A PL model developed by GJUESD
The gradual implementation of the model over a 4-year period
The results of an impact study focused on measuring its effectiveness
The study used longitudinal student achievement data from district students, along with data from a matched virtual comparison group — that is, a group created using a national database from a widely used assessment vendor — to measure the effect of the intervention on students in the areas of mathematics, reading, and language usage.
NGSS Early Implementers is a four-year initiative created to help eight California school districts and two charter management organizations, supported by WestEd's K–12 Alliance, implement the Next Generation Science Standards (NGSS).
The Initiative focuses on NGSS implementation in grades K–8 and incorporates the integrated course model (preferred by the California State Board of Education) for middle school. This evaluation report discusses the integration of science disciplines in grades 6-8, including the benefits and challenges of the California preferred integrated model for science instruction.
Intended for school, state, and district leaders, the report addresses the following:
Where the districts are in their transition to the integrated model of science instruction
What integrated instruction looks like in the classroom
How the Initiative has supported teachers in implementing integrated science
Planning considerations for districts implementing the integrated model
Finally, recommendations are provided for administrator support of teachers who are shifting to science instruction that integrates the science disciplines.
American Institutes for Research;
American Institutes for Research (AIR) conducted this study as part of the Student-Centered Learning Research Collaborative's initial cycle of research. The team at AIR worked alongside fellow scholars, educators, and policymakers to investigate the impact of specific student-centered practices and then translate their findings for cross-sector audiences.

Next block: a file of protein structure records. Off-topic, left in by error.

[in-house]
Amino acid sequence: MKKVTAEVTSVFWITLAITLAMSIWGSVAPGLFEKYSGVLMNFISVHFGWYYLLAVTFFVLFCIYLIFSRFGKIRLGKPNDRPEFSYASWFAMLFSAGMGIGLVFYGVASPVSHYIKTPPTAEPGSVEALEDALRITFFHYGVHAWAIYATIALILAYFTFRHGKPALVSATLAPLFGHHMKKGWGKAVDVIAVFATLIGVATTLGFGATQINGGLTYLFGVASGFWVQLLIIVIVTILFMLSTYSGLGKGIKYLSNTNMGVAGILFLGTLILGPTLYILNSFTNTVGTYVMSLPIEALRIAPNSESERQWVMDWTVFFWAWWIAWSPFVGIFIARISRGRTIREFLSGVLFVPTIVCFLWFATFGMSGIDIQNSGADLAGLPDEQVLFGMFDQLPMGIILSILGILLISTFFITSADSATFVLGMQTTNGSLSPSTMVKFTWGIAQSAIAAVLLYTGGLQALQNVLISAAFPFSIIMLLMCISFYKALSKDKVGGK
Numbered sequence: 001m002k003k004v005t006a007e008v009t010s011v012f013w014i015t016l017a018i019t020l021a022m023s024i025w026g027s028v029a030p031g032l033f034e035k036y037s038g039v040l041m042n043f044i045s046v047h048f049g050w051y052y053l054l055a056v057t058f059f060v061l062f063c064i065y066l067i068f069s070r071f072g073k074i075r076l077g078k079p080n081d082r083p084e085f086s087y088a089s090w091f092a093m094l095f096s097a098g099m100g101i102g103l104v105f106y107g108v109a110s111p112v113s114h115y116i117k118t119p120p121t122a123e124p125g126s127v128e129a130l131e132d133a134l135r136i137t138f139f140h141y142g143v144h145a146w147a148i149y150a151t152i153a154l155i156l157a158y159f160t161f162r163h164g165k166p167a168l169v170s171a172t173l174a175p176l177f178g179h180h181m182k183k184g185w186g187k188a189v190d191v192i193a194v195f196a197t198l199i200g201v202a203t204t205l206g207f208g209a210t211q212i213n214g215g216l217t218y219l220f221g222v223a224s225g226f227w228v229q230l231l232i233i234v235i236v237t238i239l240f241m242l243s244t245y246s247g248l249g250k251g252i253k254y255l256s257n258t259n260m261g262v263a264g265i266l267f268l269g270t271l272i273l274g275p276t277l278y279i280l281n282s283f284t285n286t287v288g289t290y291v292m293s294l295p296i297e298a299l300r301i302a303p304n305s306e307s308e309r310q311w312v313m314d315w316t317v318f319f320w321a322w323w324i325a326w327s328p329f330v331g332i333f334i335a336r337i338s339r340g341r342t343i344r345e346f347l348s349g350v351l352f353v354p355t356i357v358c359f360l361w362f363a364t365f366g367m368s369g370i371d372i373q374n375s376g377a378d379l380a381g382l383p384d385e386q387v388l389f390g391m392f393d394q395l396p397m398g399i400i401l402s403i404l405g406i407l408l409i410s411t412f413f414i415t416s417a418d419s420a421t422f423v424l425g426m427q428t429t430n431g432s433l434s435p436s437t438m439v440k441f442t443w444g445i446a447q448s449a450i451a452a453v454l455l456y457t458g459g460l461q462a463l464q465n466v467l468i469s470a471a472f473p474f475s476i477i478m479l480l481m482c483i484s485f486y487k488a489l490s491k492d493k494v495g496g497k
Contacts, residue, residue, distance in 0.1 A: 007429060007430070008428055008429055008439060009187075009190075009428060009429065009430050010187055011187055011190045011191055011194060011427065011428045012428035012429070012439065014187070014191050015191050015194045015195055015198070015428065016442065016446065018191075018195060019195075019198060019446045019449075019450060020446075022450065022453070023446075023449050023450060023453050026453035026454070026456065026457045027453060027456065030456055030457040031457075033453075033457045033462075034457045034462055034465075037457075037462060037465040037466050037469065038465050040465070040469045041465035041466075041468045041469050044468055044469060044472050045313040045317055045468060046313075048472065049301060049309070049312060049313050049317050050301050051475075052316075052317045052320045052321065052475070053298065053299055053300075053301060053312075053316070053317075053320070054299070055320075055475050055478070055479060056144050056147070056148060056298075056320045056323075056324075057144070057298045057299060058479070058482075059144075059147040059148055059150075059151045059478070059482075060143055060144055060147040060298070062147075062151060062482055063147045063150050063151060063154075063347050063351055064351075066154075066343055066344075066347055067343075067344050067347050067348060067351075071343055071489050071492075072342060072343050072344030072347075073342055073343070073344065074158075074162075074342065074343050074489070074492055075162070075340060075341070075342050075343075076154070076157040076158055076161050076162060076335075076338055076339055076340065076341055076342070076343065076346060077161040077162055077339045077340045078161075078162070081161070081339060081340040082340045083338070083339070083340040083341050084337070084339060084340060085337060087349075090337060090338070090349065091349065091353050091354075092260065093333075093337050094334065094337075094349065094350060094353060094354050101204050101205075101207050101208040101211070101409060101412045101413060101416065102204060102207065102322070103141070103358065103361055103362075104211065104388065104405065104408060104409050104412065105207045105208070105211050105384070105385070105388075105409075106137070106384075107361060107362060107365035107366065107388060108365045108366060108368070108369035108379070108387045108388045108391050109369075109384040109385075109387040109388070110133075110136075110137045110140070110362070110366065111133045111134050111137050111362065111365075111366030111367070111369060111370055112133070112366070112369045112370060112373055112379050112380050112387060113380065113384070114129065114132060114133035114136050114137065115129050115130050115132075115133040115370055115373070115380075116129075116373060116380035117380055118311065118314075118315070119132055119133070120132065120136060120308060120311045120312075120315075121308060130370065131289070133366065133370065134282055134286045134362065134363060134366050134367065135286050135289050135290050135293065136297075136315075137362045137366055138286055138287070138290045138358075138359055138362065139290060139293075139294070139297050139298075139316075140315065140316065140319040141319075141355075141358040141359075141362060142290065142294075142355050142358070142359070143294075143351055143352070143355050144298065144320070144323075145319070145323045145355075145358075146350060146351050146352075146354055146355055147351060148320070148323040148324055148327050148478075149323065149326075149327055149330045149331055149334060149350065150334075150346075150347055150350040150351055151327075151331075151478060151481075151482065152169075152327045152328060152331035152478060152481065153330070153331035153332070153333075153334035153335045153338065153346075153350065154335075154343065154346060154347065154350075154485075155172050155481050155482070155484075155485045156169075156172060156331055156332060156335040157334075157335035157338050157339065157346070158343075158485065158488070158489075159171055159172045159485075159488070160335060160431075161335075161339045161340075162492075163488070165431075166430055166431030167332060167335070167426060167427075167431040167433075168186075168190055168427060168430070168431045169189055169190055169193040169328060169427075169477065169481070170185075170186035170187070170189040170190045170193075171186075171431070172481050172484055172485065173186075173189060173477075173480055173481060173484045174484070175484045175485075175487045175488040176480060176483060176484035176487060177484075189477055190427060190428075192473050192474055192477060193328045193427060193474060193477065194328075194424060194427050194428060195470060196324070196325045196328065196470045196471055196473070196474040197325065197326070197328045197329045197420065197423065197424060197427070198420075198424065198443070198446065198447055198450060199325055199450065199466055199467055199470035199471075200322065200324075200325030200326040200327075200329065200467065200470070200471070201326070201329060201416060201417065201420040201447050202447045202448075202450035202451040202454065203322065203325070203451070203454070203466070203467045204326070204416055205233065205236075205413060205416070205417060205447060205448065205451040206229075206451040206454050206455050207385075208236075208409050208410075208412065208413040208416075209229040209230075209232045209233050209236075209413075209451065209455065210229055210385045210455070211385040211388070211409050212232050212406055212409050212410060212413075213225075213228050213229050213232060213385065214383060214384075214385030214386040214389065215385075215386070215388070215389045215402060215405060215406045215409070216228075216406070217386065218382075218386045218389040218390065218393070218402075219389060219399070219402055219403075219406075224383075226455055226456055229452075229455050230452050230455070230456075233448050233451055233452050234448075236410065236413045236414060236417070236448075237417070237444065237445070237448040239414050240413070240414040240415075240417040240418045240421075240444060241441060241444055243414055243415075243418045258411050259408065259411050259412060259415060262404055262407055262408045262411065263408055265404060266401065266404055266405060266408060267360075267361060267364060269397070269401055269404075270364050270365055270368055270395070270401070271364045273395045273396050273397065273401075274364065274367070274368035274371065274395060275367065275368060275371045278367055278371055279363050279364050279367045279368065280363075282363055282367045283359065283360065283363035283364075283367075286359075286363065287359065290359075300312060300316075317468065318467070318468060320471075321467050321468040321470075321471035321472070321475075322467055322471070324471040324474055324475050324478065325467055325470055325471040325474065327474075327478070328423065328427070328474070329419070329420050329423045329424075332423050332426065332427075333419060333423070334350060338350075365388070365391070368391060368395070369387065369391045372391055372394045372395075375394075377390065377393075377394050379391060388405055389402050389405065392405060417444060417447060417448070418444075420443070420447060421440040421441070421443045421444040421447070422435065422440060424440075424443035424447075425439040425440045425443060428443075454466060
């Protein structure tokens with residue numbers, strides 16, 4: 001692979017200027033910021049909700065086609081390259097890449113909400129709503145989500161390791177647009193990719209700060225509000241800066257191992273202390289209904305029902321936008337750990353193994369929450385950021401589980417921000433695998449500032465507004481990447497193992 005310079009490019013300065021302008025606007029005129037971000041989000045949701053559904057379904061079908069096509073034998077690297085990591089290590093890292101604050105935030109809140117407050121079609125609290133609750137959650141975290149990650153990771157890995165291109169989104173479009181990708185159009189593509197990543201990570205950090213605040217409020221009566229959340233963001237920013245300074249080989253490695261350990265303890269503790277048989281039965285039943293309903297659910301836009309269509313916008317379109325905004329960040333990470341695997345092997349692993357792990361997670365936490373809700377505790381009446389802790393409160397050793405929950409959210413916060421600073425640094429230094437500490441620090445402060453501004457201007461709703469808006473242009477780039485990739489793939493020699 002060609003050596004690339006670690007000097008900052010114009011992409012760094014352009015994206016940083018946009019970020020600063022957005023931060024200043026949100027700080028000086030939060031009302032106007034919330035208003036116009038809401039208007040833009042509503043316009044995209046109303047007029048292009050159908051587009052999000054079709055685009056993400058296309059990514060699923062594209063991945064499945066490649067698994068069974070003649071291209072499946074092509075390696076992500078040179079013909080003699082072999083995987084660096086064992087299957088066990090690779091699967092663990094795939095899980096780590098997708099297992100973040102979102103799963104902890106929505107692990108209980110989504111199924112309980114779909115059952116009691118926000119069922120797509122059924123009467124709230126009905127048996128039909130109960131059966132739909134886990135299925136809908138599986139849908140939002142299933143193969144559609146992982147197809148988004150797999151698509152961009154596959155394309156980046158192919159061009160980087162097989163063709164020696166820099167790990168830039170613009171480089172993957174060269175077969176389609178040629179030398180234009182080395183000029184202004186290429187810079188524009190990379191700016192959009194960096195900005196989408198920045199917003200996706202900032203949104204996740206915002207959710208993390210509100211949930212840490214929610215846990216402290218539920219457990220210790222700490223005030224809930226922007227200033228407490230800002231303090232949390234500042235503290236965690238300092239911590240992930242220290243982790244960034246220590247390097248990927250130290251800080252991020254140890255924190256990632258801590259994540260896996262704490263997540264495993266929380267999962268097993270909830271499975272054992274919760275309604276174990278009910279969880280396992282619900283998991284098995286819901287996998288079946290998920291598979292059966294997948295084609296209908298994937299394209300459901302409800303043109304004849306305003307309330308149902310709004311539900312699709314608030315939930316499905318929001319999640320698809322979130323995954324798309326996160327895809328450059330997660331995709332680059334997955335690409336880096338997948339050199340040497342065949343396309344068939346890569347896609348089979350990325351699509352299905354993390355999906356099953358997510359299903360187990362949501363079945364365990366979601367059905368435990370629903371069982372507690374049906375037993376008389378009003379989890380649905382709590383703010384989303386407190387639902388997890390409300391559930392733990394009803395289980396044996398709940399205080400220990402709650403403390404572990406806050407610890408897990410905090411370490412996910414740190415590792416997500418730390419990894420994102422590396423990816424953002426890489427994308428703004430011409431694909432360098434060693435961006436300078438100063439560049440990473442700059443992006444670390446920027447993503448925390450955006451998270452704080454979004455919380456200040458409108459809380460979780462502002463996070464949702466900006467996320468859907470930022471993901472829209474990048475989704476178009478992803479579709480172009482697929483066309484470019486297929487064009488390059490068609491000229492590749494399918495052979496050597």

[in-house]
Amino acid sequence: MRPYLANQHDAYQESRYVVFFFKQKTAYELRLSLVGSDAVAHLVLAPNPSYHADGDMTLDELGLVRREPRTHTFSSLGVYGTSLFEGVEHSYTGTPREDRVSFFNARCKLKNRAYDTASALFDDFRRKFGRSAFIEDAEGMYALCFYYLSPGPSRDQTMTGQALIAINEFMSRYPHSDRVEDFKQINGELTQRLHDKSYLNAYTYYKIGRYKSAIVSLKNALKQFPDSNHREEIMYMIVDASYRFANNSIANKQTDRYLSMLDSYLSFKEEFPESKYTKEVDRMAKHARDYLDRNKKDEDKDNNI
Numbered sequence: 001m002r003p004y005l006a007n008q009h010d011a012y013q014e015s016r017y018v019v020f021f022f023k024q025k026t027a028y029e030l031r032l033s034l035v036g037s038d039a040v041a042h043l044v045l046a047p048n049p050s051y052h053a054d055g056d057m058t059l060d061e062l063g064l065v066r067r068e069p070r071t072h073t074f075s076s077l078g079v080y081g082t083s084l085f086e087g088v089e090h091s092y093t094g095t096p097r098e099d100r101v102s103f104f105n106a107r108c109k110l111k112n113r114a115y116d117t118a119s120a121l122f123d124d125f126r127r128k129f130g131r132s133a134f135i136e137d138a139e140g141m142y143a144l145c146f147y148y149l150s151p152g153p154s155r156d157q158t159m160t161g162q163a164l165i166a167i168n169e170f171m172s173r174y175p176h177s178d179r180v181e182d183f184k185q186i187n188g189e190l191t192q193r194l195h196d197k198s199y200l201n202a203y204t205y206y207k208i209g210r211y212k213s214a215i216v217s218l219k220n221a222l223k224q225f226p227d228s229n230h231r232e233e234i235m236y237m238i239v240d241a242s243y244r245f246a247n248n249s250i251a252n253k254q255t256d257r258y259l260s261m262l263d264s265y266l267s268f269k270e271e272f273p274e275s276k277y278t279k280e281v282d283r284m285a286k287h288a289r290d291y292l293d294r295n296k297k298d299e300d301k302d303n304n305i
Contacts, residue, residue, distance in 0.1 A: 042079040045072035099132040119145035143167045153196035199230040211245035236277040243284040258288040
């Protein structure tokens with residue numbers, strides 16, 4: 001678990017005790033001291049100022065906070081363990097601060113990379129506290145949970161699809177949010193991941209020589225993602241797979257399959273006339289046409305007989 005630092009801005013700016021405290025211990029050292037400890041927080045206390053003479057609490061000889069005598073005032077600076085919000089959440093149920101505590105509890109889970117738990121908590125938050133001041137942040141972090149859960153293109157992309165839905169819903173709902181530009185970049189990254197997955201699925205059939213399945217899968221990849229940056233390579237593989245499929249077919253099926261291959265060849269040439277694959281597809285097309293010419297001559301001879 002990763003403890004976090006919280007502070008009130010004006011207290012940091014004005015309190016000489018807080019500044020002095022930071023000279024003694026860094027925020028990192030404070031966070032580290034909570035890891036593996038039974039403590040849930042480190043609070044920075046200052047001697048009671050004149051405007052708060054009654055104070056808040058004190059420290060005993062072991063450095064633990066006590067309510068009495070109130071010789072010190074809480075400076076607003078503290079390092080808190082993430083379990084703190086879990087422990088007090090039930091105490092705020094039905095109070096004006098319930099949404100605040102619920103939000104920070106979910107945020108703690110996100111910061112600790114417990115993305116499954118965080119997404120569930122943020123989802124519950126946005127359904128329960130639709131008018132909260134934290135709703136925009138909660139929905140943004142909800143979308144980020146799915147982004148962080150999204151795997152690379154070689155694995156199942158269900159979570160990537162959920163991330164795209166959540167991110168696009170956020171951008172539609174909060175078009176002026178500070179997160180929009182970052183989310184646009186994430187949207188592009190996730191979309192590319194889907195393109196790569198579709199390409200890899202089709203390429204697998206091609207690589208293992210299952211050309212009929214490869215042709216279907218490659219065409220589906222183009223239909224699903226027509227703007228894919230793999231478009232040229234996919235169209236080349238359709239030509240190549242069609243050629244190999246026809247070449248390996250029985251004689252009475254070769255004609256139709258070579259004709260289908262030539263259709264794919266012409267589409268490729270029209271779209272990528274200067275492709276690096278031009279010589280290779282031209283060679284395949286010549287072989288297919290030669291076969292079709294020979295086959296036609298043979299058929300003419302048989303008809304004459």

The research questions investigated in this study are:
What practices do teachers employ to provide feedback to students on their performance that assist with the development of student agency?
What contextual factors do teachers view as facilitators of or challenges to implementing these practices?
How well do student survey questions measure student agency?
Were the measurement properties of the agency scales consistent over time and across student subgroups?
Are there significant subgroup differences in measures of student agency?
How does student agency change during the school year?
Do changes in student agency during the school year differ between subgroups of students?
How do teachers use data to inform their practices?
This report represents their work over the past two years as they designed, tested, and revised teacher practices as part of a networked improvement community and examined how student agency impacted academic outcomes.
American Institutes for Research;